Too laboured a pun?  Sorry.

Anyway, once the blade has the bevels done, it’s a relatively straightforward matter to pencil in some flats, cut them off, and then round over with a fine rasp.


Once the rounding is done and the shape is what you want, start sanding at 80 grit and progress through 400, again whiskering between grits.  The difference from last time is that at any given grit, we’re starting with the flat parts and then sanding the curved areas.  This will help to blend everything together into an organic form.  In cross-section, it would be a flattened ovoid, rather than rectangular with round corners.  It’s a minor difference, but one that is noticeable in the hand.

Dust with a mineral spirits dampened rag, and goop on the finish.  All done, and you now have a functional tool that is also quite fetching.



A small spatula

As we left yesterday, the stillborn cutting board was marked up with the spatula pattern, and ready to saw out the basic shapes.  Though there is room for four spatulas in the cutting board’s area, they are only 3/8″ thick.  Since we used 4/4 (3/4″) stock, that gives us a total of eight small spatulas when we go over to the bandsaw.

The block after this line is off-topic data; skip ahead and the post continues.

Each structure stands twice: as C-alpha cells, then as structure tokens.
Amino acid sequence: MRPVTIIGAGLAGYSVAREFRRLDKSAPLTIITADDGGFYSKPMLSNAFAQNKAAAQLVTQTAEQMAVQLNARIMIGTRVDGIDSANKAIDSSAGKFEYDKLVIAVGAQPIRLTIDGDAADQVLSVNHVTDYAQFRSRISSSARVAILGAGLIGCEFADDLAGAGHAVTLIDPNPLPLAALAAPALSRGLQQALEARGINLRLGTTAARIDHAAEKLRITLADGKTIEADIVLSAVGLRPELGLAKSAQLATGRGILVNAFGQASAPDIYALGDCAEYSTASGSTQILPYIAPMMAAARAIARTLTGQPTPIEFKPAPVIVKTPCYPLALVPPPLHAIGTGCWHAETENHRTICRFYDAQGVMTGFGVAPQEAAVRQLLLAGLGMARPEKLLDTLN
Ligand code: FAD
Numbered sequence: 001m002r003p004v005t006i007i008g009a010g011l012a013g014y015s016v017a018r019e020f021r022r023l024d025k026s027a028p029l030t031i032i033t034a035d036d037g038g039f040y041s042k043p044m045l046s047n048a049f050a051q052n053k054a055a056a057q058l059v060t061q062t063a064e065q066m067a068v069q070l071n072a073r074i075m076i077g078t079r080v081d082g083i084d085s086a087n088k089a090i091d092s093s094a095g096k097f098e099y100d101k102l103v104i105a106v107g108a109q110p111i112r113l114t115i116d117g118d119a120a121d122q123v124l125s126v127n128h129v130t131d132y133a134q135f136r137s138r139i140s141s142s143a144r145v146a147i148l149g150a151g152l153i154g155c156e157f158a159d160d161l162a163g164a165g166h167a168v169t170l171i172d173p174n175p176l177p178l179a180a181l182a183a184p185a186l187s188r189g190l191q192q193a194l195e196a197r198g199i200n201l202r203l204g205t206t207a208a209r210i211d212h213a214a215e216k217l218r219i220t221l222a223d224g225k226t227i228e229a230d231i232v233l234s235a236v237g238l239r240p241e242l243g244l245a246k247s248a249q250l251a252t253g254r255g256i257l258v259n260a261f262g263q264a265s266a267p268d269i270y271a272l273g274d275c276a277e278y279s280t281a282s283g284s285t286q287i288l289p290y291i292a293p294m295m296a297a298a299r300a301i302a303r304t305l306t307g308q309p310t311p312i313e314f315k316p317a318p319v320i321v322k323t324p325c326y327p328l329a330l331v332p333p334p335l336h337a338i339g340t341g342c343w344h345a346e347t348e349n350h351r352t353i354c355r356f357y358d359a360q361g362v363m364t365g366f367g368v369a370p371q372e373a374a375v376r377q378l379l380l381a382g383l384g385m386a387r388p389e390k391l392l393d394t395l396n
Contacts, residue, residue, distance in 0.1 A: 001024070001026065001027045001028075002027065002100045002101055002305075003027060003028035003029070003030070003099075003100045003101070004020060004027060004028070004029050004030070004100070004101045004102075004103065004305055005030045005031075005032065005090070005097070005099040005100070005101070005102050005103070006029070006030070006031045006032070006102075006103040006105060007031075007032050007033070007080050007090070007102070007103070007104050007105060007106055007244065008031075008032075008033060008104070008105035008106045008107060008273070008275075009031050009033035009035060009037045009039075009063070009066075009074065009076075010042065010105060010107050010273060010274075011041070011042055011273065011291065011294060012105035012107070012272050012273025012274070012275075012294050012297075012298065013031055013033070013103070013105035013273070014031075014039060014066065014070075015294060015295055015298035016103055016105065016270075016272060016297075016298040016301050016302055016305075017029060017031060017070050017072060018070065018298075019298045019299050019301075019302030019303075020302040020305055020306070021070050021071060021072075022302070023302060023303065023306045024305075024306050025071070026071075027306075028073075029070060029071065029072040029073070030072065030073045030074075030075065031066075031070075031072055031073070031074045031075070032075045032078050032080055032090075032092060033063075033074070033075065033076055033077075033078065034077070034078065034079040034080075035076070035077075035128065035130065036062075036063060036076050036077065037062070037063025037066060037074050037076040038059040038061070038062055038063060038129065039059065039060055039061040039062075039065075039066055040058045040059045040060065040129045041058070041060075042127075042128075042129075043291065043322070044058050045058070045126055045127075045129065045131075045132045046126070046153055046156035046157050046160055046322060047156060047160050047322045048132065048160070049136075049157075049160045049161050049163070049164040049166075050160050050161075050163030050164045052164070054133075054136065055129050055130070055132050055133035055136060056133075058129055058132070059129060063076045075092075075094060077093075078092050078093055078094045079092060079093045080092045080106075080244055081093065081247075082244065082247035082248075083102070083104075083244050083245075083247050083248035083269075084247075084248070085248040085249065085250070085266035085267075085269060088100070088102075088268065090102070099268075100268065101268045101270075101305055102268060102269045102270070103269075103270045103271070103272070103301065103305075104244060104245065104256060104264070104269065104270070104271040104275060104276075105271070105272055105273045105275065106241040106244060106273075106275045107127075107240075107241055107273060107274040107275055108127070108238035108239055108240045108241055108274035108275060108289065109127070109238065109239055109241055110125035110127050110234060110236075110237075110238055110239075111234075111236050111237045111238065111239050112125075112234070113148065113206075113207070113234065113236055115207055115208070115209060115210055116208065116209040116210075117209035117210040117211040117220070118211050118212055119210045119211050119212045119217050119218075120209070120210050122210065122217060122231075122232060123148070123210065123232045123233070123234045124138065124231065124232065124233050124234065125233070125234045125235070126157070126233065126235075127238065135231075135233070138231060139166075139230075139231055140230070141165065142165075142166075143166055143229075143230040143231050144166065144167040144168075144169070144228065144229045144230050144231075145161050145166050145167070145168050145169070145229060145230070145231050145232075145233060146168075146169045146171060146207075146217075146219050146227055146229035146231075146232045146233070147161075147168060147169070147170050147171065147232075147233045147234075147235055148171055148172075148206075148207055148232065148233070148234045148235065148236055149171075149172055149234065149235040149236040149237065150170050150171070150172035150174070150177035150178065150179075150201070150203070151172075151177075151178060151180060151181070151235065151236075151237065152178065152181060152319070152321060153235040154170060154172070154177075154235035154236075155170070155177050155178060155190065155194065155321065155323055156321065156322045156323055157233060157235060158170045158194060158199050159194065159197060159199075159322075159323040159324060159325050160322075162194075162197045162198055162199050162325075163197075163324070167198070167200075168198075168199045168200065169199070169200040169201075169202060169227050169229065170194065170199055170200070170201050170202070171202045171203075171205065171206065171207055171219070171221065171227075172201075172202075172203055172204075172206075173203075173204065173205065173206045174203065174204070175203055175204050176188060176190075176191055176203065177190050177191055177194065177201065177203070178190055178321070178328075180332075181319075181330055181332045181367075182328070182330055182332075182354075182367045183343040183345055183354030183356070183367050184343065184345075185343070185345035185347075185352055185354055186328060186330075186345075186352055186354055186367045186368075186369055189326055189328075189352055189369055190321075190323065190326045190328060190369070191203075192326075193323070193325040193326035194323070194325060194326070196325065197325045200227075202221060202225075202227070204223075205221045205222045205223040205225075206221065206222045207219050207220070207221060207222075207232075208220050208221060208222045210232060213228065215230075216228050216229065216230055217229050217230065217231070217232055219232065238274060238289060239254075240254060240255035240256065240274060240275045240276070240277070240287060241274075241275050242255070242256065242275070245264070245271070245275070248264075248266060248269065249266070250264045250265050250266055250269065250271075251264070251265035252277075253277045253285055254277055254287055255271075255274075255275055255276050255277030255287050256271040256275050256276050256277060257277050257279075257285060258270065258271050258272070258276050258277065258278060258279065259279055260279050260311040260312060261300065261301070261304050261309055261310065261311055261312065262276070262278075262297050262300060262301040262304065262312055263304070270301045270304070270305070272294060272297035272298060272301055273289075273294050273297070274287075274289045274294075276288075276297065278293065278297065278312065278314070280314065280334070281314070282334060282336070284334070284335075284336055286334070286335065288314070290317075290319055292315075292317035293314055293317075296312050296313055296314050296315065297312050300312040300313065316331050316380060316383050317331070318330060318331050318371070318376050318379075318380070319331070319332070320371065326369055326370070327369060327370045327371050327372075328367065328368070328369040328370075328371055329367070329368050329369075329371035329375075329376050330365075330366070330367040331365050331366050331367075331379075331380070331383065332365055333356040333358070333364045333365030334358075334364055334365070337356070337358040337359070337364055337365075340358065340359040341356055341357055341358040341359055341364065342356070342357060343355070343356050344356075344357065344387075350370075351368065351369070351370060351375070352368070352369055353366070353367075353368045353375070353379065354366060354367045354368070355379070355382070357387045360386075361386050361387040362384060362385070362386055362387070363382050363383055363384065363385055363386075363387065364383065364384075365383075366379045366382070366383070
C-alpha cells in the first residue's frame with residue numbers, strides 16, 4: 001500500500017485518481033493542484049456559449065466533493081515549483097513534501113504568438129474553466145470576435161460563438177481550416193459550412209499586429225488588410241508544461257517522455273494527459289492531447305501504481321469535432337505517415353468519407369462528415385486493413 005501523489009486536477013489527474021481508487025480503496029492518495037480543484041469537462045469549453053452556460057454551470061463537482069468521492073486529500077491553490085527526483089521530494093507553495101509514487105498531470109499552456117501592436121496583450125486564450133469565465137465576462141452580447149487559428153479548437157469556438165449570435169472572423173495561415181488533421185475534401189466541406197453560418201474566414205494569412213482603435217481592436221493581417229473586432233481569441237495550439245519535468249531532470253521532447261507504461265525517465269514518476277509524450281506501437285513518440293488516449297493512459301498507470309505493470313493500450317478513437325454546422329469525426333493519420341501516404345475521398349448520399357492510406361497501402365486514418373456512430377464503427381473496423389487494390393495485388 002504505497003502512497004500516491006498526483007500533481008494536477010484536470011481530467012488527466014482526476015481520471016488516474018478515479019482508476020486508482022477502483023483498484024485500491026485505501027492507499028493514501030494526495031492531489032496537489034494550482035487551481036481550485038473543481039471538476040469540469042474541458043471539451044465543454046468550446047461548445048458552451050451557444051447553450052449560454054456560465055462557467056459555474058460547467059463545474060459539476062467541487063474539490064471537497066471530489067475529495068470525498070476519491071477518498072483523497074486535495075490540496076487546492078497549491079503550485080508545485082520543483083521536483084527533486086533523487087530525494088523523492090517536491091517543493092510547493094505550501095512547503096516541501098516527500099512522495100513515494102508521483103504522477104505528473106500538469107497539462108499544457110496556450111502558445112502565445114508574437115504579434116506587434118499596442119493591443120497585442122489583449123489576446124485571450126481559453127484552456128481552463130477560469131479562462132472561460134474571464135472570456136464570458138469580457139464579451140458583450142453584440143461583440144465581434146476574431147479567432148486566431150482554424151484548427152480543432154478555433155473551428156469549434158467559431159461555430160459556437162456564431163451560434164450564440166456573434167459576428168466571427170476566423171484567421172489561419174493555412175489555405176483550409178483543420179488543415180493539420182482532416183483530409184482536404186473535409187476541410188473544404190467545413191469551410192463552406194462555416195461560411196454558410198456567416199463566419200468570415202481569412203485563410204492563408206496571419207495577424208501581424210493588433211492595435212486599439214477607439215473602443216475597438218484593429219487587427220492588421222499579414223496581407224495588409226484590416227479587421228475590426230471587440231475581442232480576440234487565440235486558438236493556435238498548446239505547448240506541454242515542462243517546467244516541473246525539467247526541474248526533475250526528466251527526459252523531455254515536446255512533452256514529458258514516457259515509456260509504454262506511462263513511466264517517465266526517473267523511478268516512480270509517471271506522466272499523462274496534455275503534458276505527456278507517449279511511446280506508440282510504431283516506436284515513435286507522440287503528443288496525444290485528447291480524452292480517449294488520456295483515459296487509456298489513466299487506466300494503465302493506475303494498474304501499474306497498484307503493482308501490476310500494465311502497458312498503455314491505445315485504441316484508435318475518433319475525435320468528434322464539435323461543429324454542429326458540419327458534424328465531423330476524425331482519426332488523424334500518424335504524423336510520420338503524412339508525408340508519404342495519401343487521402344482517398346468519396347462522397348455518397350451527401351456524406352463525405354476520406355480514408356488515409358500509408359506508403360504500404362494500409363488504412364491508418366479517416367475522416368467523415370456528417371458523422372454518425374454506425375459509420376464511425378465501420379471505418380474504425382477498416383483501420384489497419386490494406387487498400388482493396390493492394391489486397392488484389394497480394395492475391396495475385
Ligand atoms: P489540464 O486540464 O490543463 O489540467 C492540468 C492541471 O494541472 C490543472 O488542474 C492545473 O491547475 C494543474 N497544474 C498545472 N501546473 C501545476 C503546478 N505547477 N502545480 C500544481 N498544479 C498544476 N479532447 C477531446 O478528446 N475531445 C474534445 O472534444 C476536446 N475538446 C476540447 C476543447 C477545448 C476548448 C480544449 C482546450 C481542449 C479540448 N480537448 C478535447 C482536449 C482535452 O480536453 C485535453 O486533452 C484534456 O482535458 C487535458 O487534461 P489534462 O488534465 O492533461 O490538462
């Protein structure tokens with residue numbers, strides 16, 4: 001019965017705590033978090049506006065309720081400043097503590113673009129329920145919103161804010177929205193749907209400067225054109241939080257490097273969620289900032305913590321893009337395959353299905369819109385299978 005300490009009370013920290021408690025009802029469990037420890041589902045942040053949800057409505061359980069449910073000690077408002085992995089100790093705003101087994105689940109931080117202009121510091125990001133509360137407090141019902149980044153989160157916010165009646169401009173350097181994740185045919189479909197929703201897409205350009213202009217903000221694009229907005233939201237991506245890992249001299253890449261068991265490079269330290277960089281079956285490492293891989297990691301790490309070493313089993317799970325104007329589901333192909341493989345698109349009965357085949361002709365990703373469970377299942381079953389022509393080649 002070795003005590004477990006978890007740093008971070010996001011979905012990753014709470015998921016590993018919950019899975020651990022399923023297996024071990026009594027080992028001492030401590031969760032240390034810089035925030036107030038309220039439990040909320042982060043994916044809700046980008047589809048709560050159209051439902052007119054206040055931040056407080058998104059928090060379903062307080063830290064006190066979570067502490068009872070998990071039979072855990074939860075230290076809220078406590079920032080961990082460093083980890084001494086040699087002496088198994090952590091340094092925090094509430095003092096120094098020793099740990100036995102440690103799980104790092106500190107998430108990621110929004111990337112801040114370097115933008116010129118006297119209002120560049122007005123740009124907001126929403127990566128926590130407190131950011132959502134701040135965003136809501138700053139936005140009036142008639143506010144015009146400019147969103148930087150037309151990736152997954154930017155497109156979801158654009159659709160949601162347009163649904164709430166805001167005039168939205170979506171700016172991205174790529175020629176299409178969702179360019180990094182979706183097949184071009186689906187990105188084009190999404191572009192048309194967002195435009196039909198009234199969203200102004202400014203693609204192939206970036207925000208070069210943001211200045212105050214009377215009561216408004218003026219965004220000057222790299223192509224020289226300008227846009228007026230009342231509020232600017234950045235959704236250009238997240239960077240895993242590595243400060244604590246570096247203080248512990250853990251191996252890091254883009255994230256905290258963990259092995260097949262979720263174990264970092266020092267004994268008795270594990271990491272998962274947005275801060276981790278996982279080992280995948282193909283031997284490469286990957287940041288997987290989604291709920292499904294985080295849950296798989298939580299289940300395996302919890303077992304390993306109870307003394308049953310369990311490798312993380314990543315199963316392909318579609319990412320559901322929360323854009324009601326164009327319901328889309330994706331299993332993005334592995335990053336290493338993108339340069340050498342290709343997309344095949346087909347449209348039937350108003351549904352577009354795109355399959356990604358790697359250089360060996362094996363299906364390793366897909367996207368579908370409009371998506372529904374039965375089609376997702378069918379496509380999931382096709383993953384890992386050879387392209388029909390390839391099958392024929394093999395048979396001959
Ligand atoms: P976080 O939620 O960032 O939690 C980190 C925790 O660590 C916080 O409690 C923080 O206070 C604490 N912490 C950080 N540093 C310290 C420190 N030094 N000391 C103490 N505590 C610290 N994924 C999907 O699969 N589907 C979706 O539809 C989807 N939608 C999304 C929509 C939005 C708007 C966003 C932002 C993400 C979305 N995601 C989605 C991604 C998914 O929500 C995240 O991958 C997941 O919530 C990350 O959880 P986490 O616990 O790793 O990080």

Once we take out the bandsaw marks, we need to bevel off the blade.  We’re trying to go from 3/8″ down to about 1/8″.  I usually use my #4 plane for this; easy on one side because it’s with the grain.  On the other, I still use a plane usually, but stop a little short of where I want and finish the rest with a coarse rasp to tame the tearout.


When the primary bevel is done, then we can put in a secondary bevel that will go right to the edge with a fine rasp. Just as a secondary bevel on a English style mortice chisel provides a sturdy (but precise) working edge, this secondary bevel keeps the spatula from being coarse during use, but not so fine as to chip off.  It may seem a minor detail, but it has proven to be an important one.IMG_20160816_105823_491[1]